For those not in the know, YouTube has had a bit of trouble recently with various record labels and movie distribution studios. The suits in charge of these multi-national media conglomerates want complete control of their creative property [ed. note: That they themselves didn’t actually create]. As such, they really get their panties in a twist when they see people upload videos that contain their copyrighted material to the largest video sharing site on the internet.
YouTube has tried to fan the flames and strike deals with these media companies, as the people that own most of the accounts on their site are just regular Joes, like you or me. Since we can’t defend ourselves from these big companies should we accidentally (or not) encroach on their property, YouTube has accepted the role of moderator.
In a metaphorical way, YouTube is like the parent who is met with an, “I hate you,” by the child they had to scold. YouTube willingly accepts the blame when people yell at them for taking down their video because it used a clip from a TV show or a snippet from a song owned by these companies. But like a scolded child, our lashing out against YouTube is just a knee-jerk reaction that we don’t really mean. The real enemy isn’t YouTube — they’re just saving their asses from getting sued. The enemies are the litigious companies that threaten YouTube. (And the media companies would call us the enemy.)
One deal that YouTube has come up with is to have advertisements for the movie/song in question embedded as pop-up ads in the video itself. The page which hosts the video will also have banner ads on it, displaying information that’s (sometimes) relative to the video’s content. Not a bad deal, right?
Well, several companies didn’t take kindly to that — they wanted COMPLETE CONTROL of their assets, and so they pulled out. Now YouTube has been forced to institute a zero-tolerance policy with ANY video that has anything to do with NBC/Universal, UMG, Viacom and (since December) Warner Music Group. I want you to understand that when I say zero-tolerance, I mean ZERO-tolerance.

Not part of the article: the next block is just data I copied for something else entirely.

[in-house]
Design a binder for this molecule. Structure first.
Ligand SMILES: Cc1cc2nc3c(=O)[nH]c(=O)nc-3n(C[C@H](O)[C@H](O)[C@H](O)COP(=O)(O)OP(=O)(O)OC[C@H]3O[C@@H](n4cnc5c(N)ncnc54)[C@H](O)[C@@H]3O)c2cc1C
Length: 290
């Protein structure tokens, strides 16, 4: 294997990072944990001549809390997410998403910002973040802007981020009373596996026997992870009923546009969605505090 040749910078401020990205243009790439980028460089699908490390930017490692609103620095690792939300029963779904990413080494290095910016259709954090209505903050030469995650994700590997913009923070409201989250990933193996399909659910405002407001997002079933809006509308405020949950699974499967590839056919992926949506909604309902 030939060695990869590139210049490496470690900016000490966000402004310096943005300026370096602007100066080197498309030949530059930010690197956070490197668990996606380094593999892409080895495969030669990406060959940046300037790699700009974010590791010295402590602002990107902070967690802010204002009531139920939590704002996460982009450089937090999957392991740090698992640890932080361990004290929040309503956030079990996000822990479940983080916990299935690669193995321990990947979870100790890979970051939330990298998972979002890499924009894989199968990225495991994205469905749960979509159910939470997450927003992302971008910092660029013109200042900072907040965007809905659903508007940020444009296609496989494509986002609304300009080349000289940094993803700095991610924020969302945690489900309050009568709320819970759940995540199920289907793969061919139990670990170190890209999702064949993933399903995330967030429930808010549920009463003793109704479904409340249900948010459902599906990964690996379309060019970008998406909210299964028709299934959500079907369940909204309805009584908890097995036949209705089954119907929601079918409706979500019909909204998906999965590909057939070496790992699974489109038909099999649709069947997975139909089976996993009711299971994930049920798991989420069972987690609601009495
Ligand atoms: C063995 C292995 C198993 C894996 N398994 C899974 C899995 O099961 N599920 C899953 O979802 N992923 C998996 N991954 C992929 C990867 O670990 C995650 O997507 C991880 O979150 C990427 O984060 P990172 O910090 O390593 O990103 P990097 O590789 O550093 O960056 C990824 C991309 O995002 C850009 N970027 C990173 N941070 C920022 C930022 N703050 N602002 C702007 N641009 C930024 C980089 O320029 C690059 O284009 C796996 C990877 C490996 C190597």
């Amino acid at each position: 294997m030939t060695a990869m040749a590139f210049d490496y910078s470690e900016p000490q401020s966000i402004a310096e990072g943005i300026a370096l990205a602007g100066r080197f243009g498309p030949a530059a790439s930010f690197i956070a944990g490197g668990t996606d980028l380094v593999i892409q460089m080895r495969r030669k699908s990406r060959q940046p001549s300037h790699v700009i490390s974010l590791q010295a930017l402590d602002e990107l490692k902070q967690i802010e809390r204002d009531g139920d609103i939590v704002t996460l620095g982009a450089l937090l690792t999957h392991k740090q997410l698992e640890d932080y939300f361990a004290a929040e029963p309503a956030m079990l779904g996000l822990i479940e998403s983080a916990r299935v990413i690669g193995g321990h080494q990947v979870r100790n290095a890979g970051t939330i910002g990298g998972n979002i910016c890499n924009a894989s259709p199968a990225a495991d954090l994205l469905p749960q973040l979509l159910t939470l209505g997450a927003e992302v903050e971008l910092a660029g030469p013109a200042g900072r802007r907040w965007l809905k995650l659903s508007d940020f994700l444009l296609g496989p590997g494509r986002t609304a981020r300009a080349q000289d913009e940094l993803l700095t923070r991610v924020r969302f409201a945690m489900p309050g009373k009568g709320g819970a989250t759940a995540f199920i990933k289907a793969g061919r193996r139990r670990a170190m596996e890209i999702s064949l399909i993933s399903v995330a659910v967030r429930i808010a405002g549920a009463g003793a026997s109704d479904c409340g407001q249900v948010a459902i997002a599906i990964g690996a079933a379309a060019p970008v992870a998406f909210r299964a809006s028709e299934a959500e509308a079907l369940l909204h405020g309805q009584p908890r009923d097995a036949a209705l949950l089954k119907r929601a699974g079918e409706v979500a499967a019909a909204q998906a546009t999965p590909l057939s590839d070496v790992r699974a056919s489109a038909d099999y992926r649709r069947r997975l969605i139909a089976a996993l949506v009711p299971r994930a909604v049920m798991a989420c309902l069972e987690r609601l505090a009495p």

Yes, even if you’re in the band, your record label won’t let you upload your own music videos to YouTube.
I told you all of that so that I could tell you this: I recently had a dust up with YouTube.
With my Inappropriate Soundtracks (refer to the sidebar for a link to my YouTube page), I mix and mash up music with film to make a pop culture casserole made of crap. As you can imagine, given the current climate over at YouTube, I’ve had my fair share of run-ins with copyright infringement. I’d argue that it’s parody/satire and since I’m not making money off of them, it could be considered fair use, but it doesn’t matter. (Zero-tolerance, remember?) I’ve had about 8 videos total get taken down at YouTube due to copyright infringement, but the video I uploaded this morning was special.
They allowed the video to stay, but they removed the audio because I used a song owned by the Warner Music Group in it. I was left in a weird situation; my videos NEED the music to be funny, but I didn’t feel like taking down the video after all the work I put into it and after several people had already seen it. What was I to do?
Well, I took a stand and turned the video into a platform in which to present the copyright issue as satire. I added (childish) annotations to the video making fun of WMG and how companies view us Joe YouTubes. Click the link below to see the fruits of my labor. I hope you get a chuckle.
[My mute, yet annotated, Wizard of Oz Inappropriate Soundtrack video]